Broadway to Freeway: Life and Times of a Vibrant Community 2022
April 14, 2022
April 1 – December 23
In the mid-20th century, the Broadway neighborhood was a thriving, tight-knit community in Santa Monica. Built by African American, Mexican American, and immigrant communities, the Broadway neighborhood was a haven for those who were excluded from other parts of the city by racist and anti-immigrant policies and practices.
This exhibition tells the story of how residents built Broadway into a flourishing community of color – and how the Interstate 10 freeway destroyed it in the 1960s. The vibrant lives of pioneering individuals – like the first African American teacher and social worker hired in Santa Monica – are knitted into the neighborhood they built together. The community populated Broadway with welcoming schools, homes, and businesses – from beauty parlors and jazz clubs, to the malt shop, tortilleria, and Jewish deli.
Featuring period photographs, advertisements, oral histories, and songs, the exhibition draws on the wealth of archival material collected by the Quinn Research Center, which is dedicated to preserving the history of African American life in Santa Monica.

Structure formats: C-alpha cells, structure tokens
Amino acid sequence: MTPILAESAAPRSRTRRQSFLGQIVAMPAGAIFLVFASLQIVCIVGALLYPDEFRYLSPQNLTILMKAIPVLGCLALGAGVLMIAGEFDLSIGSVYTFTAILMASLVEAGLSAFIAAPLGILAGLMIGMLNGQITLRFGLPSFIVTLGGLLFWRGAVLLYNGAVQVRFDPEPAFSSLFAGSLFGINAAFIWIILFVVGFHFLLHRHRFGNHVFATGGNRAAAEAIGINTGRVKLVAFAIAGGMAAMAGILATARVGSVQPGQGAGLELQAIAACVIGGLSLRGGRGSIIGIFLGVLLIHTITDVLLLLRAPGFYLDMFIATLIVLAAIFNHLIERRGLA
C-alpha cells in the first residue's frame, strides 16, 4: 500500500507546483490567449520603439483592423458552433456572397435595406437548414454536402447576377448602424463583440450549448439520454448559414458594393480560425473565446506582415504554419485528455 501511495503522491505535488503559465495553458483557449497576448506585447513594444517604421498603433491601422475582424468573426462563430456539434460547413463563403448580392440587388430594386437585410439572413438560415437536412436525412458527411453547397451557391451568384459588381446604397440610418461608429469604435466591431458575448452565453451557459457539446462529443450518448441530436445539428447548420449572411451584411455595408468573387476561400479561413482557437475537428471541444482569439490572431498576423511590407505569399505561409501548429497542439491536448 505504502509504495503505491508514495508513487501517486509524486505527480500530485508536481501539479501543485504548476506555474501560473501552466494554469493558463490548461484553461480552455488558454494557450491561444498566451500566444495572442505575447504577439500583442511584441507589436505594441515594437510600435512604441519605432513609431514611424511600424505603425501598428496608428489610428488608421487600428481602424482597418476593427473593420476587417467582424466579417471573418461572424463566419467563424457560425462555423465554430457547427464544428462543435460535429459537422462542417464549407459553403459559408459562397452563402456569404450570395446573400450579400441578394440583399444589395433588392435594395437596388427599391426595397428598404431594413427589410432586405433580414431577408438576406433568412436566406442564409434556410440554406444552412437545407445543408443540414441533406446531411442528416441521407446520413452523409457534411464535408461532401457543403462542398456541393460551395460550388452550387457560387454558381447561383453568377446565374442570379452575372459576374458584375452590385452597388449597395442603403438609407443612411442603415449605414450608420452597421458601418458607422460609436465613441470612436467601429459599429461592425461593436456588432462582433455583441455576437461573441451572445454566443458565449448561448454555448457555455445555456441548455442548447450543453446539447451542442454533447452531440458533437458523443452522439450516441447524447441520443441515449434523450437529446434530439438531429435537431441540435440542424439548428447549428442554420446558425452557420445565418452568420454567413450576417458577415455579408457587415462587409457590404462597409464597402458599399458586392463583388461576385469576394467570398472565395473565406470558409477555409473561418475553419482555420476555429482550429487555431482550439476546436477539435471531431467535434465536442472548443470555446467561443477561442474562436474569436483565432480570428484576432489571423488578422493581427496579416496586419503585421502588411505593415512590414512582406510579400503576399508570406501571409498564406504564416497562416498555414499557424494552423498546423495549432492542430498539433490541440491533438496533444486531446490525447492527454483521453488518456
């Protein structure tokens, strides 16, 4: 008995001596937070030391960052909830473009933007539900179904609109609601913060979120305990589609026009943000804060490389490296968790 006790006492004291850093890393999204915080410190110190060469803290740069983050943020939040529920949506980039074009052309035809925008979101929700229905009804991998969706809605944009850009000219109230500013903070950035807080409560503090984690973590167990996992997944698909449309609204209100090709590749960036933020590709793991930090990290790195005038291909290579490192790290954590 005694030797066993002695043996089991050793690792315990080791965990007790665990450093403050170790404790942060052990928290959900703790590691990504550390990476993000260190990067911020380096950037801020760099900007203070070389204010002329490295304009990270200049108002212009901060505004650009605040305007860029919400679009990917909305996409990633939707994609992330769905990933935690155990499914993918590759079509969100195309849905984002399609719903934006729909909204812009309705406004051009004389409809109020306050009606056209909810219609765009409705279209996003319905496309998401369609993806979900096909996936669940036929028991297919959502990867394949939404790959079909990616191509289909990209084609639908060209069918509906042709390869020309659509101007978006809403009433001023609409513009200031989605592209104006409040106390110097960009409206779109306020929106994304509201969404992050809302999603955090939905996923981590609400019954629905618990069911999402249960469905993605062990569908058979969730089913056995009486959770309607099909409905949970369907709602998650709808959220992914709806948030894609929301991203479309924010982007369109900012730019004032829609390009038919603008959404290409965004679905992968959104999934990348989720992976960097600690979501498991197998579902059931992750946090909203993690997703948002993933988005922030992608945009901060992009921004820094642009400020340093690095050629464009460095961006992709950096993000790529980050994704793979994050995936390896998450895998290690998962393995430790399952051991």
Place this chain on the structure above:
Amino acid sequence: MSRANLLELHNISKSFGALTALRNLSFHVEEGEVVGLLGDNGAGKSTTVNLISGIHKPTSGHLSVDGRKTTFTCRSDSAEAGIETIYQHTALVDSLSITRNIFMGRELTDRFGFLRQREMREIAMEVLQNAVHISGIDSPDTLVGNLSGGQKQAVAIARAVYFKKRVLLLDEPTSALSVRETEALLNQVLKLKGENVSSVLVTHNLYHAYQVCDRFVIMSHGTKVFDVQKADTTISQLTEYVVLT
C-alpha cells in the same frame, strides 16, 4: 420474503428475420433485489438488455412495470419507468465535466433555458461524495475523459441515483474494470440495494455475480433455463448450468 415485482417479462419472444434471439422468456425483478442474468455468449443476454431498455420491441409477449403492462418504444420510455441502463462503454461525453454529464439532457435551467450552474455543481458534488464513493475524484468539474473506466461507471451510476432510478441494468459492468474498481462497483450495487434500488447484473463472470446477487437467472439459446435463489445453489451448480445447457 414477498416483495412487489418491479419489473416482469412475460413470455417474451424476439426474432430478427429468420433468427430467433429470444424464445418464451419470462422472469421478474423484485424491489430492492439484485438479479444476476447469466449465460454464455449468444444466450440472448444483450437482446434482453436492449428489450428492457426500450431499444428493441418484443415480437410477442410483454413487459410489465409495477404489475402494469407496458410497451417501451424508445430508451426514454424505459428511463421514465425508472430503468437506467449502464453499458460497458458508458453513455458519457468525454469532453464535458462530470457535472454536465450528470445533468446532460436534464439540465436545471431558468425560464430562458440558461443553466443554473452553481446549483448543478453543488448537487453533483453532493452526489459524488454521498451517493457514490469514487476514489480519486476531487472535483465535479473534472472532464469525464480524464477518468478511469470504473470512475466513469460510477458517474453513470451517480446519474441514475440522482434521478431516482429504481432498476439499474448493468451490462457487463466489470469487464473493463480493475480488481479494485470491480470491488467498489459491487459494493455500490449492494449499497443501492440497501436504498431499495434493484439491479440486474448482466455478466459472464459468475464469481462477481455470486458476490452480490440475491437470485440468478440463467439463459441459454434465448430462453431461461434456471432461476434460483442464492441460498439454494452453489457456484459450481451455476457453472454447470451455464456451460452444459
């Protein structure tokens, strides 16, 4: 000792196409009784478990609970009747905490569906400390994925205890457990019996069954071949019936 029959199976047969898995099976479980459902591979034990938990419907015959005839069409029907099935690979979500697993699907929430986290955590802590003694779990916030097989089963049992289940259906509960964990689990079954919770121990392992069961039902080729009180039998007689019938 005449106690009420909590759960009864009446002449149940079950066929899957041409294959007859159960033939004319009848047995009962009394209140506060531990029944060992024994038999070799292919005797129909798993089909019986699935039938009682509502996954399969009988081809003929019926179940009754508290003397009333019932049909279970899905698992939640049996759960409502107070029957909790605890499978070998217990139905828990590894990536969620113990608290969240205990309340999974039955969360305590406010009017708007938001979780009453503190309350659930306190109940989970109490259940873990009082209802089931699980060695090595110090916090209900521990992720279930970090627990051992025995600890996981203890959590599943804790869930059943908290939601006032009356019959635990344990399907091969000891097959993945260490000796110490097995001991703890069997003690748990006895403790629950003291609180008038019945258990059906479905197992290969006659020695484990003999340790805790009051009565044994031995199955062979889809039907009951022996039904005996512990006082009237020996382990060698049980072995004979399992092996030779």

Through exhibitions like these, we acknowledge the legacy of history and inform people about its ongoing impact. The rare images and objects in the exhibition illustrate how Broadway’s former residents created a thriving community in the face of structural racism. These stories are ones every Santa Monican should know.
— Sara Crown, Curator
Today, little evidence remains of the community on the blocks between 13th Street and 20th Street, once the heart of the Broadway neighborhood. Though physically erased, Broadway lives on in the stories that are preserved and shared to illuminate past inequities and spotlight the inspirational individuals who created a center of social and civic life on their own terms.
The museum is located adjacent to the Santa Monica Public Library at 1350 7th Street. Call 310.395.2290 or write firstname.lastname@example.org